Interviewees needed

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We would like to interview people who did the Hippy Trail. Please contact us via the blog or email:

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15 Responses to Interviewees needed

  1. Louis says:

    Wow! Cool man! About time. We did change the world you know!

  2. Paul Fraser says:

    Go Louis . . . !! . . . .:) . . . . . one aspect of a true veteran of the trail is the ability to kind of ignore time . .. . it passes as do many aspects of life and yet within that passing is a timelessness beautifully exemplified in Louis’s enthusiasm for an event now past .. . . Cool . . .

  3. Gerard Yates says:

    After years in PNG my friend & I travelled from Oz to Kathmandu and waited for a bus that was to take us to London [slowly]. It didn’t come.
    And so started a long and fascinating almost 4 week wait in that amazing city until we eventually moved on……

  4. Virginia Rusnell says:

    My hippy trail adventures began in 1975-1976. Greece was getting cold in Nov. 75, met a Canadian from BC Don, and off we went, Turkey, Iran, Afghanistan, Pakistan and finally India. Transportation was buses, a few animals and then trains in India. I did all the hippy requirements necessary, except I did not do what some did which was transport hashish across a boarder, I just smoked alot of it in Afghanistan. India also. Remember getting quite high in Kandahar Afghanistan and yeow never that high in good ole Detroit. Remember feeling like I was on a different planet cuz of the sights and sounds all around. The people were unique and wonderful towards us. Insightful.

  5. Roger Stephenson says:

    Hi I did the hippy trail in reverse back in 1974, I’m an agricultural engineer and had just completed a project in Bangladesh, at the time I hated flying and I didn’t want to just board a plabe and x hours later land back in the UK, I wanted to delay the inevitable return to “normality”.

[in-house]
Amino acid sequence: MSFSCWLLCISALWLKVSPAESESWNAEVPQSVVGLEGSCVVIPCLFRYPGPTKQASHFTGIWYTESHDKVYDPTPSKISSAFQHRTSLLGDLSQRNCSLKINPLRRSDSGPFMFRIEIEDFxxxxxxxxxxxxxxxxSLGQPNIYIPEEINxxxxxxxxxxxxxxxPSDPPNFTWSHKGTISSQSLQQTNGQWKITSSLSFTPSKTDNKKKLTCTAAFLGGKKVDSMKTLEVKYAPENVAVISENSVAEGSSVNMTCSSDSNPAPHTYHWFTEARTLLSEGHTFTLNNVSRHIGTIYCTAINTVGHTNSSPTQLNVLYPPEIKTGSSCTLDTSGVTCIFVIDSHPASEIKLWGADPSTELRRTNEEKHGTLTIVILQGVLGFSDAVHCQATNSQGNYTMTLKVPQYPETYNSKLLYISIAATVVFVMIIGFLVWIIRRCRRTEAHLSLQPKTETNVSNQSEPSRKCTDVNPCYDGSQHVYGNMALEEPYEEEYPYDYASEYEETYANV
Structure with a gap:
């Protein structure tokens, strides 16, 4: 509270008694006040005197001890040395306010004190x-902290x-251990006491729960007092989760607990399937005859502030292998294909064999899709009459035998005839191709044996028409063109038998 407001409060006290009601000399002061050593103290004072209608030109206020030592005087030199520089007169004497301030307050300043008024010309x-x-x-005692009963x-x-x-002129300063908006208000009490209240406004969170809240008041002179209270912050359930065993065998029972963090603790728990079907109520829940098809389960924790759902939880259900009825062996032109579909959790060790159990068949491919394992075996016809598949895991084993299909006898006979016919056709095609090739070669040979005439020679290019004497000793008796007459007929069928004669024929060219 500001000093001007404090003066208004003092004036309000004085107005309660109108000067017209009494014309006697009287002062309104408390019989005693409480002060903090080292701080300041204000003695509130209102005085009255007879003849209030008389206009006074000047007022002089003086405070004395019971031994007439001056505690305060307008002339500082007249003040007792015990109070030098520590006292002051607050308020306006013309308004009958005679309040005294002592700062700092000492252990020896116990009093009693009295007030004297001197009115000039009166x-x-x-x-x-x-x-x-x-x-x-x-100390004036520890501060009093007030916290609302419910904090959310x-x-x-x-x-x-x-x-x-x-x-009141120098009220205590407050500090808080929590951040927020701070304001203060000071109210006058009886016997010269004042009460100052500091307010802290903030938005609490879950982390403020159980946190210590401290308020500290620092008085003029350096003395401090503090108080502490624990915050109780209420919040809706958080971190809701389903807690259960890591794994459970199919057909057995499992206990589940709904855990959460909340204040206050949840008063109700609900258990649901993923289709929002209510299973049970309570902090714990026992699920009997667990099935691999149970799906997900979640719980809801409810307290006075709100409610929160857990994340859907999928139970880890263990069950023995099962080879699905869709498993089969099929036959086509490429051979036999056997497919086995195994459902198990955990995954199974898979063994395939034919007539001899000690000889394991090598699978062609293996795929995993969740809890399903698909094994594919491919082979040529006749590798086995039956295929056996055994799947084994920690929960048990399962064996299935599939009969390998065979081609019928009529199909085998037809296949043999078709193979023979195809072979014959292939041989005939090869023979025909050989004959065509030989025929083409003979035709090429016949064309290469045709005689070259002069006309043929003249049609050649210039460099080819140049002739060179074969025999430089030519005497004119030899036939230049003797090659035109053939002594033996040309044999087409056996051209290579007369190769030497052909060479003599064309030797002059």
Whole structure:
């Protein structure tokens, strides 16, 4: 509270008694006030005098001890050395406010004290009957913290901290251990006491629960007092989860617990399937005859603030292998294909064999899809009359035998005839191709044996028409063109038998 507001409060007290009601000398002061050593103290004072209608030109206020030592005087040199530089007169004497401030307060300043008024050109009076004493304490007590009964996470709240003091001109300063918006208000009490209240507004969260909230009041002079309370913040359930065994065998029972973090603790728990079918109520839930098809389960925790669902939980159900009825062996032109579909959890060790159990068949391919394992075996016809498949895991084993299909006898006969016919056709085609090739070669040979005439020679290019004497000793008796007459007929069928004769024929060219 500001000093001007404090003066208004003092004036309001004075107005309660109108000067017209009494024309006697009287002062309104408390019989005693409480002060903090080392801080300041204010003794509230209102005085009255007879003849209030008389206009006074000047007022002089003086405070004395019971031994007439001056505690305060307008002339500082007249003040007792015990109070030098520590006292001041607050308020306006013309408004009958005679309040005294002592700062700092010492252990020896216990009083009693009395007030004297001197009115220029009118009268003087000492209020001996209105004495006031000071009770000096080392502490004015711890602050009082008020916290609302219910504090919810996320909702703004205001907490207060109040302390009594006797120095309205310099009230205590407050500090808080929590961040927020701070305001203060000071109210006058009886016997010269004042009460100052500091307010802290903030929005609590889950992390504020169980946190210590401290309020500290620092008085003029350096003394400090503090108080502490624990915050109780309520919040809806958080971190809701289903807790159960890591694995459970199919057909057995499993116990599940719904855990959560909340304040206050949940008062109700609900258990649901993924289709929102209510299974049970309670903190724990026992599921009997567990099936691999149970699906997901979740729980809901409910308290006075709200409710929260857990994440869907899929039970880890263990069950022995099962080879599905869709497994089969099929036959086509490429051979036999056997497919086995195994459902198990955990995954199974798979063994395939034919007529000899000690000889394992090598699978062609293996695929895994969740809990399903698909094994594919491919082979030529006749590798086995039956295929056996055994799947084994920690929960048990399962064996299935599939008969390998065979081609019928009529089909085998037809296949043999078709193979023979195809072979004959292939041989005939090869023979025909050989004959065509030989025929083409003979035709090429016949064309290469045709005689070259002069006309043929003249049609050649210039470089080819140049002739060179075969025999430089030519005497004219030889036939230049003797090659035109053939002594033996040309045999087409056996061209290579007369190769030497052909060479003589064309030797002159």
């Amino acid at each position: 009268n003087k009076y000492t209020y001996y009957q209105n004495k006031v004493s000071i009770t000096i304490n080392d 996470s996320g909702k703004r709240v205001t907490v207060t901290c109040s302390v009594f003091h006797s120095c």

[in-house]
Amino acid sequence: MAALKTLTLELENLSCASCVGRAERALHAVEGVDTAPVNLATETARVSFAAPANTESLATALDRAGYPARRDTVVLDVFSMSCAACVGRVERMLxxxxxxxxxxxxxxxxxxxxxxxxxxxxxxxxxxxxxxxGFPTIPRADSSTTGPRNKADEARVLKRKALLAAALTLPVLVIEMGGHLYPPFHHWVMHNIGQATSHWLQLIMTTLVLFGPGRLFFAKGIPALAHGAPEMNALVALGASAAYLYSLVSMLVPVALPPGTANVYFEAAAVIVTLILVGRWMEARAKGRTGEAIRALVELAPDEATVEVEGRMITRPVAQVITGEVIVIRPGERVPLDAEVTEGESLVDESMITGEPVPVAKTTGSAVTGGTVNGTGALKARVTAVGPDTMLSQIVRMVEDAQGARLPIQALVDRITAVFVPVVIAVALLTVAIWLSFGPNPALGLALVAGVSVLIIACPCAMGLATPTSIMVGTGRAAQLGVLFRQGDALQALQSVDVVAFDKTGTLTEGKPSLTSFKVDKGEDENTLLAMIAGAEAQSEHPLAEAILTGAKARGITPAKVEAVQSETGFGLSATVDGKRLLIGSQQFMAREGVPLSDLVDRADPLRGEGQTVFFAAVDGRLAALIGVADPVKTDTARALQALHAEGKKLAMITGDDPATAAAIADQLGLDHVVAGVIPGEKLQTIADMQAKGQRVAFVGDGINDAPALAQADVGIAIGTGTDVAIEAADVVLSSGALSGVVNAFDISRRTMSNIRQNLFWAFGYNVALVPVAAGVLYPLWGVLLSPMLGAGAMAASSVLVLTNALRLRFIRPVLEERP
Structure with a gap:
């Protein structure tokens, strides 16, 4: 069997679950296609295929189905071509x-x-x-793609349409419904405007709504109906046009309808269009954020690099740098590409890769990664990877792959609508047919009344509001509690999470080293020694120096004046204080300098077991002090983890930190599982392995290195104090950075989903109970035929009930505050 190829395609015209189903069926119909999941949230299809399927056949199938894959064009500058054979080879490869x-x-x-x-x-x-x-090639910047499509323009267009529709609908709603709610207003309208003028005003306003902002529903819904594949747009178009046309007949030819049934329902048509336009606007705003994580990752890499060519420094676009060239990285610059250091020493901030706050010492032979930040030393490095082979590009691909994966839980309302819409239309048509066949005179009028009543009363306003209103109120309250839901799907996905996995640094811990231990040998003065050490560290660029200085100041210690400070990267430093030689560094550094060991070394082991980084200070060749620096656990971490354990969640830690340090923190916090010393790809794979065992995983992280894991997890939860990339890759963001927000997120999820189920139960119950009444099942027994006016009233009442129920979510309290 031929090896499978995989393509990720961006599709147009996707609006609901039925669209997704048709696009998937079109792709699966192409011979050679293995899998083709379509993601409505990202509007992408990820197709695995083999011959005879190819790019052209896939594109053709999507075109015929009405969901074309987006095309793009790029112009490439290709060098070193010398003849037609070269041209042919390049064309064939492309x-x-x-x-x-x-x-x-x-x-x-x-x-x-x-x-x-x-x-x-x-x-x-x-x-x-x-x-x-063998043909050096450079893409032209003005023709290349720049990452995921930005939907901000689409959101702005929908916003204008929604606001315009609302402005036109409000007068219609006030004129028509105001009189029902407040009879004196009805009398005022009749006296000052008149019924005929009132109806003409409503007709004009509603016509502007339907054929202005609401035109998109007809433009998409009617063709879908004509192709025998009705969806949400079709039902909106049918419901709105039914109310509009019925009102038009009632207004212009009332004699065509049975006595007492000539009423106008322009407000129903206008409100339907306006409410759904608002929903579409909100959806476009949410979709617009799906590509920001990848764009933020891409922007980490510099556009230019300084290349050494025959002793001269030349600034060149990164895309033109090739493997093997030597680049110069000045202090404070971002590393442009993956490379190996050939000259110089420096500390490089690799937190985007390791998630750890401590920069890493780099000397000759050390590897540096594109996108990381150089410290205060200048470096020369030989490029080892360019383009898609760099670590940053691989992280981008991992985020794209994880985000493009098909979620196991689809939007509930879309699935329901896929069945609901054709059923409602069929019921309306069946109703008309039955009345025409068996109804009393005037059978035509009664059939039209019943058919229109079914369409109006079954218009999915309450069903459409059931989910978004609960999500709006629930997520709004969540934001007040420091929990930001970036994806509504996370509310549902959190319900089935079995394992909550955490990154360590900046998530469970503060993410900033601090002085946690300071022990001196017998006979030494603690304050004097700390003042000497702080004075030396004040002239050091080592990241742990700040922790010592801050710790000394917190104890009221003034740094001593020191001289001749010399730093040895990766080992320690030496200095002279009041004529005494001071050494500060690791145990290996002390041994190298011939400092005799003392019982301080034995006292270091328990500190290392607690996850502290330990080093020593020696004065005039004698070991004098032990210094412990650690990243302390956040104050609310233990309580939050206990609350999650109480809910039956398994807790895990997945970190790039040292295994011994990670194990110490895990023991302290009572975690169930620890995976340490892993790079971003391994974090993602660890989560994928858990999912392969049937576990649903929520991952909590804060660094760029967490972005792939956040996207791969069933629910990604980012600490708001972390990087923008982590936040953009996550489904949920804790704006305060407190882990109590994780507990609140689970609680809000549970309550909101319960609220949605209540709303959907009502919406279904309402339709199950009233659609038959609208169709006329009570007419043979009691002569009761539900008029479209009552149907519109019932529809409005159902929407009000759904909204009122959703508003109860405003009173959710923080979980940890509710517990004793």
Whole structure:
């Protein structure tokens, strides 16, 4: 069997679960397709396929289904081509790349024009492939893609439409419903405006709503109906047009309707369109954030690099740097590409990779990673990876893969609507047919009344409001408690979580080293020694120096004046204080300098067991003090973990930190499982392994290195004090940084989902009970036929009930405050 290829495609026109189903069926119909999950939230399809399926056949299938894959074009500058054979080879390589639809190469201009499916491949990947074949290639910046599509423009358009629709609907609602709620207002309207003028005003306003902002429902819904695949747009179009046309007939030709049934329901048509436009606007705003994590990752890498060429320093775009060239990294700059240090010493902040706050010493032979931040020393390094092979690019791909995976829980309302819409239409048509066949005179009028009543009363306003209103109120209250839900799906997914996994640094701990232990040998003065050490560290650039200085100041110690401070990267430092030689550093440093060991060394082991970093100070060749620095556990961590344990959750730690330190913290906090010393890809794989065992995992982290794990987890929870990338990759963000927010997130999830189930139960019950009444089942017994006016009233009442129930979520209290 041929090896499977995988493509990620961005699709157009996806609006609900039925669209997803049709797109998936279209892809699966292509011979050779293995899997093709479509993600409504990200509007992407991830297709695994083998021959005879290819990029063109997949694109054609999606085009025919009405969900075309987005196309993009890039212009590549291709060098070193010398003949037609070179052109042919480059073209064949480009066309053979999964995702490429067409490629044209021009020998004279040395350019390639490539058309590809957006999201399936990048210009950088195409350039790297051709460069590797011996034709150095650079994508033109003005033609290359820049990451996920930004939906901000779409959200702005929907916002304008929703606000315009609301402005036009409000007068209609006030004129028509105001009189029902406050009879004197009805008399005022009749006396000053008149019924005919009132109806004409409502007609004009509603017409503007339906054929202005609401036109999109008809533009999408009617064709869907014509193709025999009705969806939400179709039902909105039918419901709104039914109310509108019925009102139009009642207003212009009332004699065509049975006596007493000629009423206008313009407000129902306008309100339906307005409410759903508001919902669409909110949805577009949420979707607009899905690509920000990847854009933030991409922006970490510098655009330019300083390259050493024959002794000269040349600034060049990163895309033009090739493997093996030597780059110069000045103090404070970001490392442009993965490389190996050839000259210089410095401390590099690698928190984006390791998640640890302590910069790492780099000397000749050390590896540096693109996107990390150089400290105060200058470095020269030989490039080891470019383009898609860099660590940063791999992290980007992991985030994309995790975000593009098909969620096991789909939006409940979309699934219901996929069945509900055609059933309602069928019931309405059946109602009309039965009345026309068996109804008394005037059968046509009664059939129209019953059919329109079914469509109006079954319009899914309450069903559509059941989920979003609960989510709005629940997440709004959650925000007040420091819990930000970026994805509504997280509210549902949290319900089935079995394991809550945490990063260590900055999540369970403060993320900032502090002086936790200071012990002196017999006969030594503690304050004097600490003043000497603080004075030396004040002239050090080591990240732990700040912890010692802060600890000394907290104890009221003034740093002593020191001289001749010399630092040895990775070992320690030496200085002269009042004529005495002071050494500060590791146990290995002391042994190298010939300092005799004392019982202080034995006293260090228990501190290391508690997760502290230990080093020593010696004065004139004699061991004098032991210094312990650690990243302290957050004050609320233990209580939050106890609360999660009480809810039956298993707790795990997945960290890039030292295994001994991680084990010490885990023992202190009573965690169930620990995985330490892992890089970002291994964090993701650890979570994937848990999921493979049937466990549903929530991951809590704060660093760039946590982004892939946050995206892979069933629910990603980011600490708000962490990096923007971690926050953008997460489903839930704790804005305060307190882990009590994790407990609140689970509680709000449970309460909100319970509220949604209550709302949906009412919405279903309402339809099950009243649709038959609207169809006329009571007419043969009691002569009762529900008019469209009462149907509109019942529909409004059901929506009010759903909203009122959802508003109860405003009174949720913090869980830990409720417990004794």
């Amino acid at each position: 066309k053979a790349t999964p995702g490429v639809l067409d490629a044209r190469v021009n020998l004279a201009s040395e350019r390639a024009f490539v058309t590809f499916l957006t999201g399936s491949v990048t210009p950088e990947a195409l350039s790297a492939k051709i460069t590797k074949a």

On leave in Darjeeling I had met three Americans and one girl in particular who asked me to join them in Katmandu,I still had some time before my contract ended so I had to decline the offer, then weeks later she sent a telegram saying she would wait for me in Katmandu.
    When I made it to Katmandu I couldn’t find her so after a few days I went back down to India and caught a train to Delhi from Delhi I took another train to Lahore then Islamabad then by local bus to Peshawar through the Khyber Pass and more buses to Kabul then weaving across Afganistan I came to the Iranian border at Mashad then down to Tehran and onto Constantinople then the diesel Oriental Express to Paris.
    For me and no doubt thousands of fellow travelers it was a unique almost life changing experience and although I would later do the Western Sahara the Serengeti and many other journeys the hippy trail was and still is the most exciting journey of discovery I have ever had the privilege to be part of.

  6. Clara Wiggins says:

    Hi – not sure if you are still looking for input. I travelled the “hippy trail” back in 1976 but I couldn’t really have been classed as a hippy, I was an eight year old child! Together with my three brothers (aged 12,10 and 6) and my (slightly deranged) parents, we joined a bus tour which took us from Kathmandu to London. We had been living in the Philippines (my father was a diplomat) so were more used to travelling and roughing it a bit than most children our age – but still, I think it was very brave of my parents to do this! I have wonderful memories of this trip, both of the things we saw and of the other people on the bus. We became a community and, although we were the only children on the bus, our fellow travellers took us in and helped my parents by looking after us.

  7. Alan Dimen says:

    Traveled starting Feb 1st 1968. 3months in Ethiopia (Adi Caieh, Eritrea), visiting and working with a friend in the Peace Corps. Hitch hiked and bused to Addis Ababa and Massawa. Never been more than 800 miles from home. Hitched through Israel, Greece,
    Europe, then Eastern Europe where I happened upon an ex peace corps volunteer who told me about trekking in a mountain kingdom called Nepal, and how I could get there for 25.00US overland cost. Never heard of Nepal, but I was on my way.

    What a life-changing experience. My fork in the road.

    I got as far as Penang, Malaysia and then returned , overland, arriving back in the USA in late April, 1969, somewhat changed.

    I met so many wonderful, interesting people on the road and love to hear all your stories. It was such a special time and experience.

  8. John Slater says:

    I had been inspired by reading a Penn World Travel brochure in 1975 (I still have it, I think) and when I saw an advert in a Birmingham newspaper asking for people to join a bus load of others on a 4-month round trip to Kathmandu, I went for it. Twenty-four of us set off from Birmingham on 4 April 1976 (almost 40 years to the day!).